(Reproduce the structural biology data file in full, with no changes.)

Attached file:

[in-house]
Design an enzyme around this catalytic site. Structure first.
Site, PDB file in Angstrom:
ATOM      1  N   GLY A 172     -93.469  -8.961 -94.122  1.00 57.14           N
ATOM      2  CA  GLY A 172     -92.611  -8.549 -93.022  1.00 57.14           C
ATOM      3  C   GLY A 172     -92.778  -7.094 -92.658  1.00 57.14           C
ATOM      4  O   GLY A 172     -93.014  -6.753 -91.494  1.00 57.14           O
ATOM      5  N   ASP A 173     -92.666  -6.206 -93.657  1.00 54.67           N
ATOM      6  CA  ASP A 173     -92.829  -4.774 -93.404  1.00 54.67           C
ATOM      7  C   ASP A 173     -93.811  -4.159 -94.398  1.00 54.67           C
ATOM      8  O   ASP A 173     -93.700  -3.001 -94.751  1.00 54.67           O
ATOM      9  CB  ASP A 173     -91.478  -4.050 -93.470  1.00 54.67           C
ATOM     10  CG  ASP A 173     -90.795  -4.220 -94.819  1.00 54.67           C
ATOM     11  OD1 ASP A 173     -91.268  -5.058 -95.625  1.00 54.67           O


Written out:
[in-house]
Design an enzyme around this catalytic site. Structure first.
Site, PDB file in Angstrom:
ATOM      1  N   GLY A 172     -93.469  -8.961 -94.122  1.00 57.14           N
ATOM      2  CA  GLY A 172     -92.611  -8.549 -93.022  1.00 57.14           C
ATOM      3  C   GLY A 172     -92.778  -7.094 -92.658  1.00 57.14           C
ATOM      4  O   GLY A 172     -93.014  -6.753 -91.494  1.00 57.14           O
ATOM      5  N   ASP A 173     -92.666  -6.206 -93.657  1.00 54.67           N
ATOM      6  CA  ASP A 173     -92.829  -4.774 -93.404  1.00 54.67           C
ATOM      7  C   ASP A 173     -93.811  -4.159 -94.398  1.00 54.67           C
ATOM      8  O   ASP A 173     -93.700  -3.001 -94.751  1.00 54.67           O
ATOM      9  CB  ASP A 173     -91.478  -4.050 -93.470  1.00 54.67           C
ATOM     10  CG  ASP A 173     -90.795  -4.220 -94.819  1.00 54.67           C
ATOM     11  OD1 ASP A 173     -91.268  -5.058 -95.625  1.00 54.67           O